Wednesday, October 31, 2012
Because it's Halloween, I decided for this week's IFC Fix column to own up to the fact that horror movies used to freak me out as a kid. I got over it in my adult life, which is a good thing considering all the horror films I watch for my job.
(By the way, most of you will recognize that this is a still from The Exorcist. For the record, this movie does not freak me out. I've mentioned why before.)
Friday, October 26, 2012
This week's Screen Grab column features my reviews of Chasing Mavericks, The Loneliest Planet and Pusher. But it's led by my writeup of Cloud Atlas, a movie that lots of people can't stand but I sorta loved, despite how bombastic and silly it is. (And, believe me, there are plenty of clear flaws with the film.) The whole column is up at Back Stage.
Tuesday, October 23, 2012
I saw The Loneliest Planet for the first time at the Toronto Film Festival in 2011. There was one problem: Because I rushed a public screening, I wasn't let in until 10 minutes after the movie started. So I was excited to see the film again, which I have. Yep, it's still great. I sing the indie drama's praises over at Deadspin.
Monday, October 22, 2012
Early this year, I lamented that Denzel Washington's career had fallen into a rut. I needn't have worried: Once he found the right piece of material, I knew he'd kill it. Well, it didn't take long. His new movie, Flight, is one of his strongest in years. My review is up at Screen International.
I saw Take This Waltz at the Toronto Film Festival in 2011 and was impressed by its unpredictable, deeply affecting tone. Tomorrow, writer-director Sarah Polley's romantic drama arrives on DVD. If you haven't seen it, give it a shot. I explain why over at IFC Fix.
Friday, October 19, 2012
Thursday, October 18, 2012
This weekend has two wide releases, and I can't recommend either of them. Paranormal Activity 4 isn't up to snuff, and Alex Cross is rather dreary. Instead, I suggest you seek out two very limited releases: Holy Motors and The Sessions. This week's Screen Grab rundown covers those movies as well as the disappointing Nobody Walks. Dig in.
Wednesday, October 17, 2012
When I saw The Surrogate back at Sundance, I liked it with some reservations. I wanted to revisit the film before it came out, and so the time has come. Now retitled The Sessions, the film does a fine job of sidestepping the cliches of the Oscar-bait/disease-of-the-week genre that might have been tempting for such a film to fall into. My article on The Sessions is up at Deadspin.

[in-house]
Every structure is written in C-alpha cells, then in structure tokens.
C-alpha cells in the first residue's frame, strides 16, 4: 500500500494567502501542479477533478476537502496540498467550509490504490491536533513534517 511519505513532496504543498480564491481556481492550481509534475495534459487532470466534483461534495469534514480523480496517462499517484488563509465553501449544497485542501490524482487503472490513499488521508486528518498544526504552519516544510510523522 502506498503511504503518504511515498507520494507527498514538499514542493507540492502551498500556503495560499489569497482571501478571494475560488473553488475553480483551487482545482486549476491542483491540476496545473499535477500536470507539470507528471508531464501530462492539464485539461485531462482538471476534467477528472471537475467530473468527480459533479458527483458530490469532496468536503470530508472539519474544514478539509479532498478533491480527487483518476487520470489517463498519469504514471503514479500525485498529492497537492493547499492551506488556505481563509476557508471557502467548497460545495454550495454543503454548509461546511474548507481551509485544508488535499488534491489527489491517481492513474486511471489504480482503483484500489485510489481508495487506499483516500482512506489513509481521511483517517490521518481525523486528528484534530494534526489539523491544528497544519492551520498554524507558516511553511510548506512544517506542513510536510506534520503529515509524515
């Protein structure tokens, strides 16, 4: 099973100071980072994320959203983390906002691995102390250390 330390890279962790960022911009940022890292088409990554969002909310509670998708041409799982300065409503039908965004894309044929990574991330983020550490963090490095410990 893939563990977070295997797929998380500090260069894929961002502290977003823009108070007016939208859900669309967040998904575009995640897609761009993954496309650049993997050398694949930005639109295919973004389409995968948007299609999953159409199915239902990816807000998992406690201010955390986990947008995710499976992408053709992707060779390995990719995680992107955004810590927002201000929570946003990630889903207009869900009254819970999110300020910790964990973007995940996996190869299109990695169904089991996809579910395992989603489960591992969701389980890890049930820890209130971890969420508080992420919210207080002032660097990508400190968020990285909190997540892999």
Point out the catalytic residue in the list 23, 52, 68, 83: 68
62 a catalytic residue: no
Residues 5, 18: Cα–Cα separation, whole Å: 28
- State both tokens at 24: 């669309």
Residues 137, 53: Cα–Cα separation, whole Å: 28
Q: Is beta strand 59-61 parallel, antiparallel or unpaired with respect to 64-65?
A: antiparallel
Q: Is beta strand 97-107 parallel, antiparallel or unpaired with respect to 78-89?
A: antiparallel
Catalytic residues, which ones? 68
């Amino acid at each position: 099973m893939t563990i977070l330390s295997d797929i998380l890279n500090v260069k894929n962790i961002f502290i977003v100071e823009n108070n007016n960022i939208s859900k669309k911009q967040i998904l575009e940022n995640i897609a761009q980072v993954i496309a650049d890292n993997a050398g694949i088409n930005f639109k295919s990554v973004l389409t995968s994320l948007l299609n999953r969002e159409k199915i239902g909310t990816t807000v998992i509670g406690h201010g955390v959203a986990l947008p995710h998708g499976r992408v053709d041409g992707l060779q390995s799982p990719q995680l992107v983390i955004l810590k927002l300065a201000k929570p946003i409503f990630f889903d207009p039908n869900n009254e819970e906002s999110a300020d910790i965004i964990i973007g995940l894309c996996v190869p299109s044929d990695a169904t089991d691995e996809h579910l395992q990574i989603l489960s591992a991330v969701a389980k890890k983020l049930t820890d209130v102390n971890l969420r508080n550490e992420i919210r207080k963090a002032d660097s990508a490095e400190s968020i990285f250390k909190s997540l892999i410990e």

As I've mentioned before, I'm a fan of the Paranormal Activity series. So, it's no fun to report that the latest installment, Paranormal Activity 4, is the weakest of the bunch. It's not terrible, mind you, but it's the least inventive -- although it did prey on my fear of sharp knives. My review is up at Screen International.
Tuesday, October 16, 2012
Yes, that's Eva Mendes lighting the cigarette of some disturbing creature in Holy Motors, the new film from French writer-director Leos Carax. It's a maddening, mysterious film -- it's also pretty great. I explain why over at Deadspin.
Monday, October 15, 2012
For years, I've been convinced that Kevin James could be a movie star: He's got a light touch and a sweetness that's rare. Unfortunately, it's getting harder and harder to root for him when he makes movies like Paul Blart: Mall Cop and Zookeeper. On the occasion of his latest, Here Comes the Boom, I decided to look back at his career up to this point. You can read my piece over at IFC Fix.
Having never read any of James Patterson's Alex Cross novels, I can't say I have a specific vision of what the character should look like or how he should be embodied. But after seeing Alex Cross, I'm not convinced Tyler Perry was the right choice. He's likable, I suppose, but he's just not gripping enough of an onscreen presence. You can read my review of Alex Cross (or, as I like to call it, Tyler Perry's I Can Do Cross All by Myself) over at Screen International.
Friday, October 12, 2012